This book looks at the Special Operations Forces (SOF), which are small, elite military units with special training and equipment that can infiltrate into hostile territory through land, sea, or air to conduct a variety of operations, many of them classified. SOF personnel undergo rigorous selection and lengthy specialised training. The U.S. Special Operations Command (USSOCOM)oversees the training, doctrine, and equipping of all U.S. SOF units. USSOCOM has about 54,000 Active Duty, National Guard and Reserve personnel from all four Services and Department of Defense (DOD) civilians assigned to its headquarters, its four components, and one sub-unified command. Special Operations Forces (SOF) also play a significant role in U.S. military operations and the Administration has given U.S. SOF greater responsibility for planning and conducting world-wide counter-terrorism operations. The merits of cross-border raids and possible equipment and logistical support shortfalls, which are potential policy issues for congressional consideration, are examined in this book as well. This book consists of public documents which have been located, gathered, combined, reformatted, and enhanced with a subject index, selectively edited and bound to provide easy access.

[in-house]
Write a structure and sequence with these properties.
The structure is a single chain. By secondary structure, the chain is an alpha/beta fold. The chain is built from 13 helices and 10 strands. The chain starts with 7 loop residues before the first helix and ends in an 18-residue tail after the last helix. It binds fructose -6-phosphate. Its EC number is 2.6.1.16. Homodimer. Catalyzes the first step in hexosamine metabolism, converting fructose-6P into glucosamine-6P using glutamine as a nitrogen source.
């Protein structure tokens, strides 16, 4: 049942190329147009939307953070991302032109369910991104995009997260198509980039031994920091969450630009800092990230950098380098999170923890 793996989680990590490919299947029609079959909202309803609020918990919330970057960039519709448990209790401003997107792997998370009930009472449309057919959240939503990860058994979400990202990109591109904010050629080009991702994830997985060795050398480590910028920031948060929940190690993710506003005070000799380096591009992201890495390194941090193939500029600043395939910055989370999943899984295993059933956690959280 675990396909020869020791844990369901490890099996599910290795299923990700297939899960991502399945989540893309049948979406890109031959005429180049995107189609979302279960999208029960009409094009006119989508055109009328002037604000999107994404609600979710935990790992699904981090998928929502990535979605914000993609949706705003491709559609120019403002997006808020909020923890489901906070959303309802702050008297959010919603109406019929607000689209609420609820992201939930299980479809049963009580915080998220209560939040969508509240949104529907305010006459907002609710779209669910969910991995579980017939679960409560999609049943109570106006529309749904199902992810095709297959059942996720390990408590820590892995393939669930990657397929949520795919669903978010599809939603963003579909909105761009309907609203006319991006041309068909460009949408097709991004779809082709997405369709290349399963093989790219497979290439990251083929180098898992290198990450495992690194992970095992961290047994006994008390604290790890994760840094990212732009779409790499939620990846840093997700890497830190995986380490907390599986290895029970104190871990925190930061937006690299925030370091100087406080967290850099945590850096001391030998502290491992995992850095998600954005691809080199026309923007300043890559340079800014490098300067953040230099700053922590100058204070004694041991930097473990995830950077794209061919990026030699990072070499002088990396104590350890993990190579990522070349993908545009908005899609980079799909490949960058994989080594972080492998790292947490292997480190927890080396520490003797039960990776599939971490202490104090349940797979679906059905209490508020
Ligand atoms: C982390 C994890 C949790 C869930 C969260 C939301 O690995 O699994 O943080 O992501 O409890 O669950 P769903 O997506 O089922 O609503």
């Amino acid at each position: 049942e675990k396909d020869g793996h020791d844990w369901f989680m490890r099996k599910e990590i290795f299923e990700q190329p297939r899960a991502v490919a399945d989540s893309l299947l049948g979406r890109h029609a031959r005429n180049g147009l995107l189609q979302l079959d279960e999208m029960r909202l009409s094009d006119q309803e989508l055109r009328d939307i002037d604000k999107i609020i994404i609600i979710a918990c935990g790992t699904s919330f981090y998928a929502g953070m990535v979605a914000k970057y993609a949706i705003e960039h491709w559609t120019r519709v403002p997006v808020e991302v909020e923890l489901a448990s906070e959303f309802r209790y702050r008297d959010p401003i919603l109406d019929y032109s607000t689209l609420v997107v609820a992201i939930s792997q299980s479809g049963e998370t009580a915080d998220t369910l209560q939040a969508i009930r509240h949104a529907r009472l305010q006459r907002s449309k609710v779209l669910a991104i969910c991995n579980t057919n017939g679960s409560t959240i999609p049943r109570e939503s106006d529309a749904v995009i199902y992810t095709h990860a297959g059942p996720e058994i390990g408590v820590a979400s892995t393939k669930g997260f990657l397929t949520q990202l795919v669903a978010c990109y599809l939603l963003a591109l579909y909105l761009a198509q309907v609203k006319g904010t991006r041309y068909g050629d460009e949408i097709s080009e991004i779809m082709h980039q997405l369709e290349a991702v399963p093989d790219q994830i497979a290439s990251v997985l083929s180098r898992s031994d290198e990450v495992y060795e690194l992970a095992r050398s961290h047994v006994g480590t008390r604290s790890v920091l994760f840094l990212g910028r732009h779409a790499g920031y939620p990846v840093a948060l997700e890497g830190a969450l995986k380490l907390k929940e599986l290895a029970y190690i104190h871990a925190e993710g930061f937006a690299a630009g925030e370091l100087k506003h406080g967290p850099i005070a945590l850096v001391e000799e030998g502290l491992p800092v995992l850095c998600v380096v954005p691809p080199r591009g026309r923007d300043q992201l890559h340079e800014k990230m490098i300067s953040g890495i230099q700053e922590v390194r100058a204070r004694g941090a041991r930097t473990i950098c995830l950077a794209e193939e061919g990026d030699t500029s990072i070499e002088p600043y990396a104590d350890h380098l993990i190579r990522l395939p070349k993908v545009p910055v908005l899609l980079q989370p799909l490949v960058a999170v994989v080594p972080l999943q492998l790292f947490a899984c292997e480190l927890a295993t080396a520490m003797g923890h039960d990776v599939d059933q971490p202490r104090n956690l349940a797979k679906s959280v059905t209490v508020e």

This monograph examines the role of the special operations forces as a component of the United States Army war fighting system described by FM 100-5, 'Operations, ' as AirLand Battle Doctrine. The impetus for this monograph was a lack of recent literary effort examining the relationship between special operations forces and major military operations and campaigns on the mid and high intensity battlefield. The lack of recent interest by military writers coupled with minimal SOF play in the war games developed at the Combined Arms Center for use by the School of Advanced Military Studies, and a demonstrated lack of understanding of the role of special operations forces as a supporting arm in the global was scenarios played by SAMS students, dictates the need for an examination of this subject. Teh monograph explores the theoretical basis for the integration of SOF into campaign plans, establishes a historical basis for the link between SOF operations and the major efforts of conventional forces in the main battle area, and explores current joint and US Army doctrine for incorporation of SOF into campaign plans for mid- and high-intensity battle.
In General Terms, Terrain And Weather Constitute The Basic Setting For All Military Operations. These Physical Conditions Significantly Affect The Movement, Employment And Protection Of Units In Campaigns And Battles. In This Book The Body Of Information Concerning The Doctrine, Tactics, Techniques And Prosedures Employed In Ground Combat Are Discussed.